How Brexit could help fix Britain’s broken food policy

Brexit could give us the chance to make changes that could cut food prices while simultaneously creating new jobs, says Matthew Partridge.


Brussels pays large subsidies to sugar beet farmers.

Whether you want a hard or soft Brexit, or even a second referendum, it's hard to disagree that the EU's agricultural policy is a mess that needs drastic reform. Gerald Mason, vice-president of Tate & Lyle Sugars, thinks Brexit will give us the chance to make changes that could cut prices while simultaneously creating new jobs. Tate and Lyle was set up in the 1870s and is now owned by US sugar group ASR. It is one of Britain's two major sugar refiners, with two factories in the UK. It employs around 850 people, including engineers and scientists.

Mason argues that at the moment the status quo is heavily skewed against both British consumers and firms. The problem is that Brussels pays large subsidies to sugar beet farmers, while imposing high tariffs on imports of cane sugar. British refiners, who primarily use cane sugar (like those in the rest of the world), "find ourselves competing with European counterparts who can take advantage of cheap supplies of sugar beet, while European trade policy makes our raw materials expensive".

This competitive imbalance has been made even worse by the fact that the EU has started phasing out production quotas on sugar beet. This means that European farmers have much more freedom to increase their production, which pushes beet prices down further. In contrast, little effort has been made to reduce trade barriers on cane sugar. As a result of this skewed playing field Tate and Lyle Sugars has had to cut both production and its workforce. Mason notes that between 2009 and 2015 alone TLS's output halved, while sugar beet imports to the UK have doubled.

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Mason admits that he doesn't know what the future direction of British sugar policy will be. There is always the theoretical possibility that there could be either no change or we could revert to the pre-1973 policy of high tariffs and strict controls, "where we had to negotiate with the government and farmers each year". However, he likes the fact that "tools are being put in the government toolbox", with the prime minister's recent white paper on trade suggesting that the UK will take control of trade policy by leaving the customs union.

If Britain does cut tariffs, the savings could be large. At the moment Tate and Lyle gets its cane sugar from around 15 mostly medium-cost countries. Even under a free market it would still make sense to keep sourcing at least some of its sugar from them "because part of the market is very interested in sustainable and fair trade practices". However, there's no getting away from the fact that it makes the most economic sense to import from major low cost producers, such as Brazil, Mexico, Australia and Thailand, which currently face high barriers.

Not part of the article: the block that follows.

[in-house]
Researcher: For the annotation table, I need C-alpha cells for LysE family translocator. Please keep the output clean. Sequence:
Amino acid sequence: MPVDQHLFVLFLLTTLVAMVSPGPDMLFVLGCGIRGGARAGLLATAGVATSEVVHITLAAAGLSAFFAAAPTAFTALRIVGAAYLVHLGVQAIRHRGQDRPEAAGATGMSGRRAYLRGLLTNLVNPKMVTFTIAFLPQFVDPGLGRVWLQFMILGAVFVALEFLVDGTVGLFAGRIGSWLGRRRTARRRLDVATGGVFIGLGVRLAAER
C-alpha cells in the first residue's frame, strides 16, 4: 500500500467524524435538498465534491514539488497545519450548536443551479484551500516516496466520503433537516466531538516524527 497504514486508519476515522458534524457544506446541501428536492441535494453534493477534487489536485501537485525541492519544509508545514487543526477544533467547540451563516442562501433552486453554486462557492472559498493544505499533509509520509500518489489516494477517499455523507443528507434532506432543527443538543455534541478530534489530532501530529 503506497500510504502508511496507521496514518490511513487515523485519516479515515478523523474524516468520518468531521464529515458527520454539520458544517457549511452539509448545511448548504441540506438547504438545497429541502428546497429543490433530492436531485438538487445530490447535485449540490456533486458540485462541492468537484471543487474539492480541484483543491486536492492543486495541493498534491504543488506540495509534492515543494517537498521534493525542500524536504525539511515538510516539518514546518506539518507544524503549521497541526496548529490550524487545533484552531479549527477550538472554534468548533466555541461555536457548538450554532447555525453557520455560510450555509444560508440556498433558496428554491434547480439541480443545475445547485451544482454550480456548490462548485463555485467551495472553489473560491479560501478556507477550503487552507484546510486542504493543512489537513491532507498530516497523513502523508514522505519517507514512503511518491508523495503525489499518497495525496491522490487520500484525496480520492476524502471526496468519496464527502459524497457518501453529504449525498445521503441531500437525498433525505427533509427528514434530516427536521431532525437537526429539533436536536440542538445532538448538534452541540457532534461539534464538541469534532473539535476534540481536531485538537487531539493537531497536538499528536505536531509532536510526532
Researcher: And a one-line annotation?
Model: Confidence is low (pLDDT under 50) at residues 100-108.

Overall, access to cheaper raw materials could allow Tate & Lyle Sugars to quickly regain domestic market share that has been lost to European producers, leading to more jobs in the UK. Ironically, if Brexit allows the British sugar industry to gain a cost advantage over the EU, British exports to the continent, which have largely dwindled, could end up increasing substantially. In any case, Mason is confident that T&LS's current exports won't be badly affected by any restrictions imposed by Brussels, "because the products that Europe buys from us at the moment are largely high-end syrups which are far less price-sensitive".

Tate & Lyle Sugars has come up with several scenarios for post-Brexit sugar policy. One of these is to follow Canada's policy of low tariffs on raw sugar imports, but some tariffs on refined sugar. Another, more radical option is to emulate Australia's policy which is closer to completely free trade. With only two existing British producers, Mason also emphasises that the government will probably be anxious to make sure that any settlement doesn't allow one firm to become too dominant.

Dr Matthew Partridge

Matthew graduated from the University of Durham in 2004; he then gained an MSc, followed by a PhD at the London School of Economics.

He has previously written for a wide range of publications, including the Guardian and the Economist, and also helped to run a newsletter on terrorism. He has spent time at Lehman Brothers, Citigroup and the consultancy Lombard Street Research.

Matthew is the author of Superinvestors: Lessons from the greatest investors in history, published by Harriman House, which has been translated into several languages. His second book, Investing Explained: The Accessible Guide to Building an Investment Portfolio, is published by Kogan Page.

As senior writer, he writes the shares and politics & economics pages, as well as weekly Blowing It and Great Frauds in History columns He also writes a fortnightly reviews page and trading tips, as well as regular cover stories and multi-page investment focus features.

Follow Matthew on Twitter: @DrMatthewPartri